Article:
Lighgaw jumped in immediately, and earnestly: “It’s not about awards, it’s about the work.”
There was an elephant in the room; I knew I just had to ask a question that was certain to be on the minds of all serious cinephiles -- “You two share -- shall we call it -- a ‘gay kiss' In the movie. What was it like actually doing that kiss?”
Both men started to speak at the same time, and then apologized to each other. Albert nodded to Lithgaw, who began: “You know, when it comes down to it, a kiss is a kiss –"
“And a sigh is a sigh!" quipped Molino
(Hearty laughter from all.) “Yes,” agreed Lithgaw, “and if you’re playing a character who is in love with someone else, it’s quite natural for the kiss to grow from that love.”
Mischievous again, I leaned in from my improvised seat beside the Fiddle Leaf Fig Tree “And how did your wives feel about that kiss?”
Again, we all laughed heartily. Then Albert filled the brief, ensuing silence: “I think on the day we shot that scene, my wife did hold me just a little more tightly as we wished each other goodbye.”
Again, we all laughed heartily. Then Albert filled the brief, ensuing silence: “I think on the day we shot that scene, my wife did hold me just a little more tightly as we wished each other goodbye.”
“Well, Jon’s a looker,” I proffered.
“Why thankyou” said Lithgow decisively, with a witty flick of the hand.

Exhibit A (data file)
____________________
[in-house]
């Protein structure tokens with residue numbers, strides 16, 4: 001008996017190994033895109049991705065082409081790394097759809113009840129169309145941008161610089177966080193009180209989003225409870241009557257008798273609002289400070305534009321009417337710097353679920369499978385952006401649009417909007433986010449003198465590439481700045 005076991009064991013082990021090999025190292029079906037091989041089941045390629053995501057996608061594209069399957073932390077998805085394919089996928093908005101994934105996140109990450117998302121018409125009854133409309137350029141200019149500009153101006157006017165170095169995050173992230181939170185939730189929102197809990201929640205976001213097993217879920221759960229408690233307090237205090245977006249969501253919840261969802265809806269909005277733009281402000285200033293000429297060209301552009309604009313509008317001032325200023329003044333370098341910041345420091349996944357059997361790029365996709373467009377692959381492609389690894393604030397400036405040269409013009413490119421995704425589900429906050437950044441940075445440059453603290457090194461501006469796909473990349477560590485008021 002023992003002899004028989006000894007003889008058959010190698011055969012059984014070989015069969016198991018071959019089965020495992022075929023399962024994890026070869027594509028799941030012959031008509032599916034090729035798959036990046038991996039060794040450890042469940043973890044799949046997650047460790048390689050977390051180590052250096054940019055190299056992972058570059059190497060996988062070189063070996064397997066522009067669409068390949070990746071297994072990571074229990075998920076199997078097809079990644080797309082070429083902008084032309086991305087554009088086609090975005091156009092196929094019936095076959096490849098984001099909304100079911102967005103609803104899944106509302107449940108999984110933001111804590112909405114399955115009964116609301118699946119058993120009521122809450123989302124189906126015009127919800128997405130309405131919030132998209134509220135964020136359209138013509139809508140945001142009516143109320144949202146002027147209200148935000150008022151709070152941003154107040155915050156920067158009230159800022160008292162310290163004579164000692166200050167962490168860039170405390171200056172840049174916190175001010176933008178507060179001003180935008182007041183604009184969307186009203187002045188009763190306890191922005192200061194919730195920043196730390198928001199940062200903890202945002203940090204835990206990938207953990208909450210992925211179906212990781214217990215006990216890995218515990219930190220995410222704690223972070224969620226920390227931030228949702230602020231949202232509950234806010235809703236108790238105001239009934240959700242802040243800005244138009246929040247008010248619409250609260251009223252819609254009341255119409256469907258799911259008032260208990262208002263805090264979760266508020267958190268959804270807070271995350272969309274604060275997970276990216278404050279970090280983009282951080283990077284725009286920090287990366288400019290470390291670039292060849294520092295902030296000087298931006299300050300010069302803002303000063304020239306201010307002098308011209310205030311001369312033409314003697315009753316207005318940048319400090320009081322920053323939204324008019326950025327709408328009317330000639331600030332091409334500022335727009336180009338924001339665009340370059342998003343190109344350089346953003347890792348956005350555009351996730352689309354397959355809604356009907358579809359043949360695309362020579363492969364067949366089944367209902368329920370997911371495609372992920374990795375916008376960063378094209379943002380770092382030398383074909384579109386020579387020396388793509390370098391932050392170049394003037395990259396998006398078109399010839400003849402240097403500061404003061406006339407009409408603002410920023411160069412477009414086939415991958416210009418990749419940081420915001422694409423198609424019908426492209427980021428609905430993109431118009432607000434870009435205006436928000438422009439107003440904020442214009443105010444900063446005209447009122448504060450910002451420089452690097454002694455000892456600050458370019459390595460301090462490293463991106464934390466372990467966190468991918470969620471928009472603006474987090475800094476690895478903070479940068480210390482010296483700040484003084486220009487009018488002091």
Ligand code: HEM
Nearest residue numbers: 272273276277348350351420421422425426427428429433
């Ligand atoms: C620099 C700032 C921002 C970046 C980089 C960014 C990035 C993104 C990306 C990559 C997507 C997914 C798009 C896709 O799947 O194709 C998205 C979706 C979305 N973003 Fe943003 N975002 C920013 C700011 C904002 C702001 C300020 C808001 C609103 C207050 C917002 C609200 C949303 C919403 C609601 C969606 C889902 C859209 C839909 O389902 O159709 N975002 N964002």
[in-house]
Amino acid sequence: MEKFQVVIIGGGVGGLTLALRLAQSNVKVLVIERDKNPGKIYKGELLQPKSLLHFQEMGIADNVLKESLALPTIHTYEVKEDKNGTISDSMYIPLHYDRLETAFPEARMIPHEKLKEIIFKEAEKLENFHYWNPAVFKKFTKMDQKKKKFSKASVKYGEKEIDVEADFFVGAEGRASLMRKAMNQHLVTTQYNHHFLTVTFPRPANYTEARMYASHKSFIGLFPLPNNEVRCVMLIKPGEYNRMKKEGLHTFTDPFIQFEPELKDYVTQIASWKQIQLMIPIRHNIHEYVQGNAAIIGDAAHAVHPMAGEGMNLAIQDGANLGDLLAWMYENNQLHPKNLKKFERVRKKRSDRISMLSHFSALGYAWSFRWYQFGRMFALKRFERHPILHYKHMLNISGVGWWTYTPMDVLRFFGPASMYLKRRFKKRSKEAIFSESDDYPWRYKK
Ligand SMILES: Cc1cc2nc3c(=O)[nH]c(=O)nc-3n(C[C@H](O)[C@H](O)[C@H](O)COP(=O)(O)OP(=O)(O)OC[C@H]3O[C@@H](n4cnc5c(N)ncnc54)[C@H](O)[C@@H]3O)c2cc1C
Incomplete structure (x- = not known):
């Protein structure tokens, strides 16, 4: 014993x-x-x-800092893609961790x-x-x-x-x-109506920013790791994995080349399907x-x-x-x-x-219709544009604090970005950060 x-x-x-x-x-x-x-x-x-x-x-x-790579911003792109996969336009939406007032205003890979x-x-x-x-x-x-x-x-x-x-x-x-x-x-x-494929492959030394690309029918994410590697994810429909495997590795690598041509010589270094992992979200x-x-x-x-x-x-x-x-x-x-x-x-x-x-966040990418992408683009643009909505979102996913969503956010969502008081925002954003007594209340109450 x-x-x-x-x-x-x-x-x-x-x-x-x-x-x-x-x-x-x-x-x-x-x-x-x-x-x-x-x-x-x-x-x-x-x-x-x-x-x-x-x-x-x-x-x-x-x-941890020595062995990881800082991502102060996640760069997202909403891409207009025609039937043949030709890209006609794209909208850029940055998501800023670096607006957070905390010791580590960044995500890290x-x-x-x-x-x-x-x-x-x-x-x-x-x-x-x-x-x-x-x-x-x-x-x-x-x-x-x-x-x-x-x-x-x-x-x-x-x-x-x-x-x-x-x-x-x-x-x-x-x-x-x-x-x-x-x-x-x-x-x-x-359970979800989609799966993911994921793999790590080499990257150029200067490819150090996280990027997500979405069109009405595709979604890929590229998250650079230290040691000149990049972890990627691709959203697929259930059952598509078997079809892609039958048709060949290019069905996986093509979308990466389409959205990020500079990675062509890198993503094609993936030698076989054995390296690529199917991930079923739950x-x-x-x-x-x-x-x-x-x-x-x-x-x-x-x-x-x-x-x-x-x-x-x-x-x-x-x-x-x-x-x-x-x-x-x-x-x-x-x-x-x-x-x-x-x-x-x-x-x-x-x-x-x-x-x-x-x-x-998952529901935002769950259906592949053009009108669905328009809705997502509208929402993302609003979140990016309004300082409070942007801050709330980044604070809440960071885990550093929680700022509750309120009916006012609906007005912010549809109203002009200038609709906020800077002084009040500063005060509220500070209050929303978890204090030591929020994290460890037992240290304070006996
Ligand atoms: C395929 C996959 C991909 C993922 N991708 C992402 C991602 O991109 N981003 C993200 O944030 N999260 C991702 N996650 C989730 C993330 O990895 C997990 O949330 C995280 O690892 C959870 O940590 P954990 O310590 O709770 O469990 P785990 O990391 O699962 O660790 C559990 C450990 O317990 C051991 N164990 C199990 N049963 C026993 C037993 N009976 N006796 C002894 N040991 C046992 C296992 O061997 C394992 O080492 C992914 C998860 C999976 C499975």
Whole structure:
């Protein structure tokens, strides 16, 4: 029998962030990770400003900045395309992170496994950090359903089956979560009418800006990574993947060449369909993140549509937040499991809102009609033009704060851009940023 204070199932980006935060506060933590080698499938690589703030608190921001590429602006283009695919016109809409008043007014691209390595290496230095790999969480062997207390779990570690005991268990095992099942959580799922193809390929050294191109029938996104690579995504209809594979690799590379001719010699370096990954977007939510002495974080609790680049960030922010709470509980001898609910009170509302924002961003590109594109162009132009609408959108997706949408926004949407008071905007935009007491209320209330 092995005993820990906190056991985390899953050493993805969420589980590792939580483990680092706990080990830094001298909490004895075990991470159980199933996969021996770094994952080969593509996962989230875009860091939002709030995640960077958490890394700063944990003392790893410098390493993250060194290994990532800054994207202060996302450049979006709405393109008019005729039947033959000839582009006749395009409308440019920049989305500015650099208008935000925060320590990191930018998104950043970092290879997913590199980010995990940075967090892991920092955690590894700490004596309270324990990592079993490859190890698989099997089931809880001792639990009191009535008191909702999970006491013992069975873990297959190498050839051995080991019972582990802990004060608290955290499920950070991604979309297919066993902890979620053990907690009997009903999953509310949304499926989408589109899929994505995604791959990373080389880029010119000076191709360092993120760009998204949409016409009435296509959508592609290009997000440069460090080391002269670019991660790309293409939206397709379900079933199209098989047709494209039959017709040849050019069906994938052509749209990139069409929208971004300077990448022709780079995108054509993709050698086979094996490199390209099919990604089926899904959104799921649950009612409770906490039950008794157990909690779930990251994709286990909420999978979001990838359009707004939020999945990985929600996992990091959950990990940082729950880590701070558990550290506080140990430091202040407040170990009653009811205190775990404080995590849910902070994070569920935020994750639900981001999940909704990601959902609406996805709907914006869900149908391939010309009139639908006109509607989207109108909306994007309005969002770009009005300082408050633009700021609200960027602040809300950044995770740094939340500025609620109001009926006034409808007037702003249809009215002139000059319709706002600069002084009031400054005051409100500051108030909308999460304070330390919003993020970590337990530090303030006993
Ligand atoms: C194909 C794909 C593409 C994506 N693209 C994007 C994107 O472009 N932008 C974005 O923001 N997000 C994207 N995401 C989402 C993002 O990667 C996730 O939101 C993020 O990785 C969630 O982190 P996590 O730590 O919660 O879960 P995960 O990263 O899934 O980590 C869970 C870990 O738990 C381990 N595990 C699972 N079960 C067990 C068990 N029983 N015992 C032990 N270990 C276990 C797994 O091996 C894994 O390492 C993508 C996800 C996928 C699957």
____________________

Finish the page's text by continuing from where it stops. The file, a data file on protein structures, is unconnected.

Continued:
“And your wife, Jon?”
“She’s a trooper, she knows it’s all part of the job, ever since Roberta Maldoon in GAP.”
“Ahh. Now I have a rather serious question to ask you,” I said -- as we reached the heart of the interview.
“I’m girding my loins” rejoindered the redoubtable Lithgaw.
“Well,”I said, trying to look them both in the eye-- at the same time -- no mean feat, “do you think this film will have any effect on your careers –"
Lithgaw interrupted me. “Are you serious?”
“Well, because it’s a gay film, I mean.’
“Oh Pshaw!” joked Lithgaw, histrionically (a bit of his film character showing through!)
Albert eyeballed me seriously. “I can’t believe you asked that question! Surely we’ve moved beyond that! This is a movie about human relationships. A deep and important movie with a message.”
“And what IS that message” I asked, pithily.
“That everybody is the same.”
“Exactly the same,” agreed Lithgaw. “Inside, we are all, exactly alike.”
My mind moved quickly to images of spleens and large intestines, thumping hearts and kidneys, and useless little gall bladders, pondering thoughtfully the similarity between all of our digestive systems. However I didn’t have time to marvel at the depth of these stellar observations because both men were immediately swept up by handlers. Well enough with celebrity interviews! I was on my way to experience the joys of Bruce’s little Toronto-grown sybaritic film festival romp in hipster heaven!
But (and I mean this truly, madly, deeply) it was a joy sharing it all with you.